“We urge regulators, MPs and other policymakers to think twice about adding new laws and regulation and instead focus on enforcing the existing laws.”

As things stand at the moment, the big four banks still hold around 81% of the home loan market, according to KPMG.

Overall, the sector comprises 2.6% of all assets across all authorised deposit-taking institutions (ADIs).

Who are the biggest mutual banks?

The 10 largest mutuals banks by total assets can be seen in the infographic below – there are no changes from 2018, with each of the top 10 maintaining their spots.

Only Bank Australia (9th – 6th) and IMB (6th – 9th) moved places.

CUA (12%) Teachers Mutual Bank (14%) and Bank Australia (12%) all recorded double-figure growth in assets.


Total assets for mutuals increased by 7.6% (2018: 5.2 %) to $124.8 billion in 2019 (2018: $116.0 billion), despite a continued low interest rate environment which put pressure on margins.

Deposits continue to be the biggest source of funding for mutual banks, but the growth in deposits across the entire industry has been severely impacted by the sustained low interest rate environment.

According to the report, pressure on margins (the difference between home loan interest rates and deposit interest rates) is continuing to be squeezed, and with quantitative easing potentially on the horizon, mutuals will need to consider how they’ll respond to further changes in monetary policy.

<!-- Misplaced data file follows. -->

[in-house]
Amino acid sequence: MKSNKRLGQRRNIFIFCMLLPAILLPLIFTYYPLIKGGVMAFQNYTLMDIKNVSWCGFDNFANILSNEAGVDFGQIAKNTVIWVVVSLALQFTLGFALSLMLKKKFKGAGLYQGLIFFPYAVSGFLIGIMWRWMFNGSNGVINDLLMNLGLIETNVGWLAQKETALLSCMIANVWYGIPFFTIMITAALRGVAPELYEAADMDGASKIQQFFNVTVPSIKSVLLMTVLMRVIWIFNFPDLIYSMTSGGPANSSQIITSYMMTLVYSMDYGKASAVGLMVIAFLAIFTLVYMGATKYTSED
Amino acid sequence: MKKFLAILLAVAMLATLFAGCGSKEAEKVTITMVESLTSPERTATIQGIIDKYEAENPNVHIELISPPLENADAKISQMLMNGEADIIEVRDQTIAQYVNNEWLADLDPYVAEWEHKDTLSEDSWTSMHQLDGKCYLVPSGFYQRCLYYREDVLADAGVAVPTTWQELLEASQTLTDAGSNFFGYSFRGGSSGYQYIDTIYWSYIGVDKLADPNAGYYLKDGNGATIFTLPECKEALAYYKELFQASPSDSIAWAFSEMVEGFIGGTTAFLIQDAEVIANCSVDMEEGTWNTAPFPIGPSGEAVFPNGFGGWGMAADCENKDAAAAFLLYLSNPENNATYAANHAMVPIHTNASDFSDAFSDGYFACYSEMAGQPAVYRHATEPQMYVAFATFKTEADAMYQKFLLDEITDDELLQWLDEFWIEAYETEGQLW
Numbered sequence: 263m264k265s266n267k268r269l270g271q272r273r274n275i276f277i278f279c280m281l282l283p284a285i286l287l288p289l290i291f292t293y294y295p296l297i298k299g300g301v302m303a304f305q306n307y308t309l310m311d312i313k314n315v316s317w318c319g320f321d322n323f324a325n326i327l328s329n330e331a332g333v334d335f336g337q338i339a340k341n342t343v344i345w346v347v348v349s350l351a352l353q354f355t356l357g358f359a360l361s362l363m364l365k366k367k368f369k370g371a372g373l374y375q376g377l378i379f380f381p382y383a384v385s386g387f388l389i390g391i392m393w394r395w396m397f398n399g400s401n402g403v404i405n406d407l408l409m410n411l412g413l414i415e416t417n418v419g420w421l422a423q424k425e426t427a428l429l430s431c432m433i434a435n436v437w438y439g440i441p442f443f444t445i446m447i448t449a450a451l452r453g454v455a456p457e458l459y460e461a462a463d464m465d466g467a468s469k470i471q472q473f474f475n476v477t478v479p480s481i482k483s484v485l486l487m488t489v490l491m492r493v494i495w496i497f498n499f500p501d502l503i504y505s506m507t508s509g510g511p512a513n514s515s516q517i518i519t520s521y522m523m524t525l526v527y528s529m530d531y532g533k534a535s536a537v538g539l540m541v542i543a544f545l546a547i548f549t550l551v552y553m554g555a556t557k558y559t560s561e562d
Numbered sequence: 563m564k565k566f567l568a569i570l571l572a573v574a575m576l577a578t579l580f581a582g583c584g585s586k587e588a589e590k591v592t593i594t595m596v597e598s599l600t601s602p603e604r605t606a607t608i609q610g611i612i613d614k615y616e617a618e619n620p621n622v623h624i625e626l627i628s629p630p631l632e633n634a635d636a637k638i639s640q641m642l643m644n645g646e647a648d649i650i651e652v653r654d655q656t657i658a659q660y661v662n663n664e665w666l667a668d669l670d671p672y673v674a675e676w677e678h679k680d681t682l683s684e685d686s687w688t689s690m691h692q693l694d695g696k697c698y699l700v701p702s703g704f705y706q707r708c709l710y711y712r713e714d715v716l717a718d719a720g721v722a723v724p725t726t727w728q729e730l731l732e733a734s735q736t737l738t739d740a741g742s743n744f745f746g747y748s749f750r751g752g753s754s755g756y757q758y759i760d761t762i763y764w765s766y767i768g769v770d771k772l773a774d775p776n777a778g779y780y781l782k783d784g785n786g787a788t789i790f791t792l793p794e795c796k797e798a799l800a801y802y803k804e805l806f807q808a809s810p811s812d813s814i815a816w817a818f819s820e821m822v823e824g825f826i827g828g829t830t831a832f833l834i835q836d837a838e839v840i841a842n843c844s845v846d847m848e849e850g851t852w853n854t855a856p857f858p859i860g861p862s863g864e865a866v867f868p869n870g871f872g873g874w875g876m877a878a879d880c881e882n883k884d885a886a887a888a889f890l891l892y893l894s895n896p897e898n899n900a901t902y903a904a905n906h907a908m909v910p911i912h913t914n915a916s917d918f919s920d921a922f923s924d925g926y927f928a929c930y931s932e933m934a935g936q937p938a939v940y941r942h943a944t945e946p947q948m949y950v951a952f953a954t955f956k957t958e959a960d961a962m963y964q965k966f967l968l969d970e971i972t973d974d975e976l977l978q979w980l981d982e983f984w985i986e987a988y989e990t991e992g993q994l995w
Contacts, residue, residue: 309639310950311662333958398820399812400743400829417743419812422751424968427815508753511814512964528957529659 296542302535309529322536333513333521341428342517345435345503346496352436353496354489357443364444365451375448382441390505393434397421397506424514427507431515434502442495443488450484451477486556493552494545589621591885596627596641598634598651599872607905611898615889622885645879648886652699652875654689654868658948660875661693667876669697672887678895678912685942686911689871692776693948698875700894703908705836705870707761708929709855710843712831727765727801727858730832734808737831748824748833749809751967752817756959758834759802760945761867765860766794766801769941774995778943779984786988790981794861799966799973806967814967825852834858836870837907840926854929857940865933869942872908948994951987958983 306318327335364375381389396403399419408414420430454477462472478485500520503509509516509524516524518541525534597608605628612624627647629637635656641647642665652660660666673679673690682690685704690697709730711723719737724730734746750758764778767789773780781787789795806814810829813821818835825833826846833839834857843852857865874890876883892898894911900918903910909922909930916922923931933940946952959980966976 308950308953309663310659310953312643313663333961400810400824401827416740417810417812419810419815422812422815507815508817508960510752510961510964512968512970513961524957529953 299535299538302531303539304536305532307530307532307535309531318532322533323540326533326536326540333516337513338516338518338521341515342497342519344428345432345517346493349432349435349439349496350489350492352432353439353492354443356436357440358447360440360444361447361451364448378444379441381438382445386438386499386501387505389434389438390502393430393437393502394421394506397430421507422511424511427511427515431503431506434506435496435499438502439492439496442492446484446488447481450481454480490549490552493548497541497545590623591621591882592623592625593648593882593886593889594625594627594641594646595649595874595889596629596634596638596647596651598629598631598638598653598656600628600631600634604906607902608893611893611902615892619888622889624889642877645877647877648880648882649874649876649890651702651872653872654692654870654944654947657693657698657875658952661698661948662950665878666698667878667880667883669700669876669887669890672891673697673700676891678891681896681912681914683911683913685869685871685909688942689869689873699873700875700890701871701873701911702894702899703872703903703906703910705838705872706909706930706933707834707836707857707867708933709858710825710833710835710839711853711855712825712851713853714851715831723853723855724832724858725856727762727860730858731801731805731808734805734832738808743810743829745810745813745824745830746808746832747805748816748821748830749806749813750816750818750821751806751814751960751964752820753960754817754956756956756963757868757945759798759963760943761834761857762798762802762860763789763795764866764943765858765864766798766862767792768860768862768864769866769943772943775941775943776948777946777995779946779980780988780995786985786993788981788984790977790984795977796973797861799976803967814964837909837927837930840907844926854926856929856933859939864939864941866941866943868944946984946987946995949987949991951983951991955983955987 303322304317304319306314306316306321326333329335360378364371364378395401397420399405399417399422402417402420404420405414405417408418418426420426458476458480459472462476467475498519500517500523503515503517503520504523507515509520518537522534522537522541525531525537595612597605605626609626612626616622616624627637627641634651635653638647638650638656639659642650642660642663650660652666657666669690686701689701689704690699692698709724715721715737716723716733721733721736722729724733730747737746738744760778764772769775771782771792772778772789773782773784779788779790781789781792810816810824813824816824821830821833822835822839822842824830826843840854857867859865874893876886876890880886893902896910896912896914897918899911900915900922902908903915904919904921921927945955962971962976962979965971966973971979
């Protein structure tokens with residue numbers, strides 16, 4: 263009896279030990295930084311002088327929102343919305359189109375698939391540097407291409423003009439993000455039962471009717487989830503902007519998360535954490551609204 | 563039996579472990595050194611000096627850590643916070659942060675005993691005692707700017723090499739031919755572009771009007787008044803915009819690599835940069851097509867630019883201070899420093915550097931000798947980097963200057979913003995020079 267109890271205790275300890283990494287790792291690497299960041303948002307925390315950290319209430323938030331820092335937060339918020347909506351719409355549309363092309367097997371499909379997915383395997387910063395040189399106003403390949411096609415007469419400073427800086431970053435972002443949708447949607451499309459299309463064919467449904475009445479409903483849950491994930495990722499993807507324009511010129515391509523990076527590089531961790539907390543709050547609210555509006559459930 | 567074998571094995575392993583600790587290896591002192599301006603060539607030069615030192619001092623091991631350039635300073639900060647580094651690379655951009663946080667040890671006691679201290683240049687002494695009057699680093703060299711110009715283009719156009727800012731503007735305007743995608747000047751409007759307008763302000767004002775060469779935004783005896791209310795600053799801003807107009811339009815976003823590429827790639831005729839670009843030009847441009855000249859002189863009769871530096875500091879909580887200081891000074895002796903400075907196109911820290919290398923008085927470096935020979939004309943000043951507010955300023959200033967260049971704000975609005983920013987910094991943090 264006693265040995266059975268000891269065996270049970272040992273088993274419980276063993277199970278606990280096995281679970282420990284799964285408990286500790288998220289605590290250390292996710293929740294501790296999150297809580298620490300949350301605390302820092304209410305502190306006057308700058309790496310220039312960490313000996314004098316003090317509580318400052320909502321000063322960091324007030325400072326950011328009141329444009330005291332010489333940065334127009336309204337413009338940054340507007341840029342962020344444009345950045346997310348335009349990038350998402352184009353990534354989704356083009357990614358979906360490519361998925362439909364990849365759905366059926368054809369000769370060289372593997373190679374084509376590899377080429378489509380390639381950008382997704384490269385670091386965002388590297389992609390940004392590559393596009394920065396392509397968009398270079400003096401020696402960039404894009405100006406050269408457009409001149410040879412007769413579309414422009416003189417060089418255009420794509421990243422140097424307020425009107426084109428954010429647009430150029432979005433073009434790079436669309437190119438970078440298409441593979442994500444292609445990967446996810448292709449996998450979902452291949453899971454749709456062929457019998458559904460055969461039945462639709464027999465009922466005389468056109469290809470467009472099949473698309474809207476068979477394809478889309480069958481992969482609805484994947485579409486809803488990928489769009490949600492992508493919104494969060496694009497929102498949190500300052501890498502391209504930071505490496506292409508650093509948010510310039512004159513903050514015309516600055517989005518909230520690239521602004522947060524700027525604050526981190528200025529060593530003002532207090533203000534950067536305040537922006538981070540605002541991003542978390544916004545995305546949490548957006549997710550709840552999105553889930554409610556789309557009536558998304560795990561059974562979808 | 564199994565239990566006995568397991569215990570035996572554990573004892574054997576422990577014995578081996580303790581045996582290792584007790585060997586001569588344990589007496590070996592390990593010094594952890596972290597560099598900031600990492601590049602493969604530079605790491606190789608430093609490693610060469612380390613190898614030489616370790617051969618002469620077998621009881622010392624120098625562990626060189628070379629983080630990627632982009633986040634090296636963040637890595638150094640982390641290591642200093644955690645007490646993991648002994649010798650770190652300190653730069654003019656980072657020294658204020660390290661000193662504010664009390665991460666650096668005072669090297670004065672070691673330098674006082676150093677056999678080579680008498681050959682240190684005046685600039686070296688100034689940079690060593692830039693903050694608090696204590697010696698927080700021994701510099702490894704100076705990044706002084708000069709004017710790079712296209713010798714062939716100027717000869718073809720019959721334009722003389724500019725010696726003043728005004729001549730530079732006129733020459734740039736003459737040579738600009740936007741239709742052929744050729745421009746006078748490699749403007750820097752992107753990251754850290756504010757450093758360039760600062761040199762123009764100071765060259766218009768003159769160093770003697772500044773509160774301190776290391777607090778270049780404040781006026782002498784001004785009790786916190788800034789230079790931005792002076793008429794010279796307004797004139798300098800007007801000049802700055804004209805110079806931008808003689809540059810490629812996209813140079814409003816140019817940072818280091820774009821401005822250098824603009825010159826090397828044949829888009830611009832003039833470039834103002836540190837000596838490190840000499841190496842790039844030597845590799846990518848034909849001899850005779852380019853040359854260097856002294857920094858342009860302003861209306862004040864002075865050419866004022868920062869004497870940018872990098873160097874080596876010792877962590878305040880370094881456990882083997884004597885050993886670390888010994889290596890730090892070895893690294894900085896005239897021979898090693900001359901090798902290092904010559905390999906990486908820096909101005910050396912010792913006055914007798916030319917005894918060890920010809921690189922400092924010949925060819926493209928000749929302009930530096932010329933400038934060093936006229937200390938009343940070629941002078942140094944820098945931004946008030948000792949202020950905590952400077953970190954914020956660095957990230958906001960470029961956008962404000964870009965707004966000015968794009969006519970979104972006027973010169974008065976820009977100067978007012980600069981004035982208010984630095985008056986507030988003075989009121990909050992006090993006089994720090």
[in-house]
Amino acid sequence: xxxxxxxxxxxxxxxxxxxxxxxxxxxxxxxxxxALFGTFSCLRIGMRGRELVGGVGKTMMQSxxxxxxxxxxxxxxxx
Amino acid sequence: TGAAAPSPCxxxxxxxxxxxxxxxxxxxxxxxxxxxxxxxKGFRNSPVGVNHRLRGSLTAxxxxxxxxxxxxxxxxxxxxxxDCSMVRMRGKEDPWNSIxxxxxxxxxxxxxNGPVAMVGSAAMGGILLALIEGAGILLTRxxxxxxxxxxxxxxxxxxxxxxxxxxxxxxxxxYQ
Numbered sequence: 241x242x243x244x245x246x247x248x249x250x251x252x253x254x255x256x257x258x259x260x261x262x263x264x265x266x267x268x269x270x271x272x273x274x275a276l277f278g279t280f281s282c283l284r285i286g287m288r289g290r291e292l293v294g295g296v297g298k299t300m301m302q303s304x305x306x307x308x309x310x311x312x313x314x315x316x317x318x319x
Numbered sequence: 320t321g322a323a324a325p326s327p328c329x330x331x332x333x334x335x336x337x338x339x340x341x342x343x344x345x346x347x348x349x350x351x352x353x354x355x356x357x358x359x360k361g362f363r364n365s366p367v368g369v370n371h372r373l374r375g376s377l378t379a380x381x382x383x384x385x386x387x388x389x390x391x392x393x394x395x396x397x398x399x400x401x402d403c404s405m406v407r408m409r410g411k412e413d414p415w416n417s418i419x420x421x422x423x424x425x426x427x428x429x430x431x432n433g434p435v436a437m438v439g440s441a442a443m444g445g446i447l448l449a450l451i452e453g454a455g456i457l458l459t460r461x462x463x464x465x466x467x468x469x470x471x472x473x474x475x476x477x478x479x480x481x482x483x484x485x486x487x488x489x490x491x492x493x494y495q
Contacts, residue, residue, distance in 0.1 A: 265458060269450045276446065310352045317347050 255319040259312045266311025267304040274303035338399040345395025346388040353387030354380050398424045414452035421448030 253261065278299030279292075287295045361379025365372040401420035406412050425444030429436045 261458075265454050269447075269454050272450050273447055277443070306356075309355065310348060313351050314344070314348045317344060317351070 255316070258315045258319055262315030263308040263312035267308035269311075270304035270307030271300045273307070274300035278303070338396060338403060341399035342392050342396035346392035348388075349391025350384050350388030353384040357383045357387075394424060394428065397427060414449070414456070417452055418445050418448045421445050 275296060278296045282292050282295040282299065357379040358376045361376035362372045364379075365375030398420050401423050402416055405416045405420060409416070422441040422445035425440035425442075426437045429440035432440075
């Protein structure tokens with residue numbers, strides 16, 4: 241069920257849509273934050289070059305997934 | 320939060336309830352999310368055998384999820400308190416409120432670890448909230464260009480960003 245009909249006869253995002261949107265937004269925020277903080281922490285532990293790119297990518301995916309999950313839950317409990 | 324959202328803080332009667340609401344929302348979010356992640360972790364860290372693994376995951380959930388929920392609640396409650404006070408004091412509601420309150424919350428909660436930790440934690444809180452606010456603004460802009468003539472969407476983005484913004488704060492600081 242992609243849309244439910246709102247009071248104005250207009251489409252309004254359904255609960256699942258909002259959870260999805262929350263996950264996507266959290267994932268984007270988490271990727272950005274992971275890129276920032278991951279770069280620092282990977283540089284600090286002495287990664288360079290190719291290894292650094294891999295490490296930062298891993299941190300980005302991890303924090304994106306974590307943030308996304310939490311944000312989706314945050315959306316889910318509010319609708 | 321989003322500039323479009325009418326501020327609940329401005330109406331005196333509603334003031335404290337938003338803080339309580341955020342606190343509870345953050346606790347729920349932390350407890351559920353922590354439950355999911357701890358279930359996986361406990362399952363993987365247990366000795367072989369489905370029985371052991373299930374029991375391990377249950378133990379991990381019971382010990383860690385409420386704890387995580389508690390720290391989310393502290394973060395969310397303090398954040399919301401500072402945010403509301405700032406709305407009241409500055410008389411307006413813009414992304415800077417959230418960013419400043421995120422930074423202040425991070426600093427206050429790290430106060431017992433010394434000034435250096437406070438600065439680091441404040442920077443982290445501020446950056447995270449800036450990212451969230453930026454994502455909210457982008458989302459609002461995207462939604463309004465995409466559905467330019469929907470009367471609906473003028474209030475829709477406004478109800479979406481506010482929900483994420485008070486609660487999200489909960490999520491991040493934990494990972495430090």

There’s another rate cut expected to occur in February next year, which would take the cash rate to 0.50%.

net interest income

Source: KPMG

Term deposit rates across the board are already extremely low, with some at near-zero.


The entire market was not considered in selecting the above products. Rather, a cut-down portion of the market has been considered which includes retail products from at least the big four banks, the top 10 customer-owned institutions and Australia’s larger non-banks:

  • The big four banks are: ANZ, CBA, NAB and Westpac
  • The top 10 customer-owned Institutions are the ten largest mutual banks, credit unions and building societies in Australia, ranked by assets under management in November 2019. They are (in descending order): Credit Union Australia, Newcastle Permanent, Heritage Bank, Peoples’ Choice Credit Union, Teachers Mutual Bank, Greater Bank, IMB Bank, Beyond Bank, Bank Australia and P&N Bank.
  • The larger non-bank lenders are those who (in 2019) has more than $9 billion in Australian funded loans and advances. These groups are: Resimac, Pepper, Liberty and Firstmac.

Some providers' products may not be available in all states.

In the interests of full disclosure, and are part of the Firstmac Group. To read about how manages potential conflicts of interest, along with how we get paid, please click through onto the web site links.

*The Comparison rate is based on a $150,000 loan over 25 years. Warning: this comparison rate is true only for this example and may not include all fees and charges. Different terms, fees or other loan amounts might result in a different comparison rate.

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William Jolly joined as a Financial Journalist in 2018, after spending two years at financial research firm Canstar. In William's articles, you're likely to find complex financial topics and products broken down into everyday language. He is deeply passionate about improving the financial literacy of Australians and providing them with resources on how to save money in their everyday lives.